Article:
Monday, August 1, 2011

Relation Found Between Rhinoplasty And Mental Illness

The desire for plastic surgery, and in particular nose jobs, may be a tell tale sign of a mental illness called dysmorphic disorder (BDD), which is basically is an unnatural preoccupation with slight or imagined defects in appearance. A person with BDD historically tends to have cosmetic surgery, and even if the surgeries are successful, does not think they are and is unhappy with the outcomes.

A new study released this week demonstrates a high rate of body dysmorphic disorder relation, up to one in three among nose job patients. Previous studies have shown that about 10% of patients seeking plastic surgery suffer from the condition and thus an increase is now present.

David B. Sarwer, associate professor of psychology at the Center for Human Appearance at the Perelman School of Medicine at the University of Pennsylvania explains:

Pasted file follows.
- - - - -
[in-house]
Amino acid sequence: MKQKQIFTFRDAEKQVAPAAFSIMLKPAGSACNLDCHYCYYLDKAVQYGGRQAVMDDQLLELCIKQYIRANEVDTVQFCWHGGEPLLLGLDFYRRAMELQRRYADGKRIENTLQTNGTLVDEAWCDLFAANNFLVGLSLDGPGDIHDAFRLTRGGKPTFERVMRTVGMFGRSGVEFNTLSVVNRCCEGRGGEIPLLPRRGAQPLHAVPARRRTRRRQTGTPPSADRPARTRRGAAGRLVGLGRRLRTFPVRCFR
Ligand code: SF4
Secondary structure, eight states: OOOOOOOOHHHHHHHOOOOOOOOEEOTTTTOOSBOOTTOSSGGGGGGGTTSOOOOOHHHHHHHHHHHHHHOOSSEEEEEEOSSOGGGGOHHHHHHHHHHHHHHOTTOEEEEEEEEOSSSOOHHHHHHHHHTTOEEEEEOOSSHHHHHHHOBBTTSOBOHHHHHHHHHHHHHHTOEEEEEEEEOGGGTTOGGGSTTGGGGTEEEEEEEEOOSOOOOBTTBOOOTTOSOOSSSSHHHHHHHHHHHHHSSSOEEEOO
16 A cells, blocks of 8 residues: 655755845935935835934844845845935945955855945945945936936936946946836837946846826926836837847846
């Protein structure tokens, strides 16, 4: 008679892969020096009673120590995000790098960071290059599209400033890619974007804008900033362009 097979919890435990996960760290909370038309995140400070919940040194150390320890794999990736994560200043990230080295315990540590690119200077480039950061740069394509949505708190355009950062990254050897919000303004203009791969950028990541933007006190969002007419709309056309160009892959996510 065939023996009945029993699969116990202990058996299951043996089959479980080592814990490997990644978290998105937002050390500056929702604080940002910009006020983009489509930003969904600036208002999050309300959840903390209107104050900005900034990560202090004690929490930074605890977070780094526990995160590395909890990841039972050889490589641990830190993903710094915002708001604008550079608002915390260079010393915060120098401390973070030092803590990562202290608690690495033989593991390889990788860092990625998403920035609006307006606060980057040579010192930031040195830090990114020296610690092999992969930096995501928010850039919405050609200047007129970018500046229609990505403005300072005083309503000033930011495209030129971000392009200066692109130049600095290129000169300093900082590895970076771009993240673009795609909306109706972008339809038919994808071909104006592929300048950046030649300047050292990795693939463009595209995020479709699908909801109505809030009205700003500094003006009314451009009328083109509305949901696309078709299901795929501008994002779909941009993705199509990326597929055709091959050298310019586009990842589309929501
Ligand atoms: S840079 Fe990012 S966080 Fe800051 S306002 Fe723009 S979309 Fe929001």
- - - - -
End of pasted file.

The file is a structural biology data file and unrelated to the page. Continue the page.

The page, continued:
"We know body image dissatisfaction falls on a continuum, and there has to be some degree of dissatisfaction that leads us to see a plastic surgeon in the first place. It's when it begins to interfere with daily functioning. Patients with more severe BDD struggle to maintain social relationships and have difficulty getting to work or staying employed. Almost all of us will get up in the morning and look in the mirror and see something in our appearance we may not like or wish looked different. But for patients with B.D.D., that thought never leaves their mind. They are chronically thinking about their nose, checking in the mirror or a reflective surface, or they avoid situations where people can see their profile. You can see that is a distraction and can make it hard to focus on jobs or studies or family."

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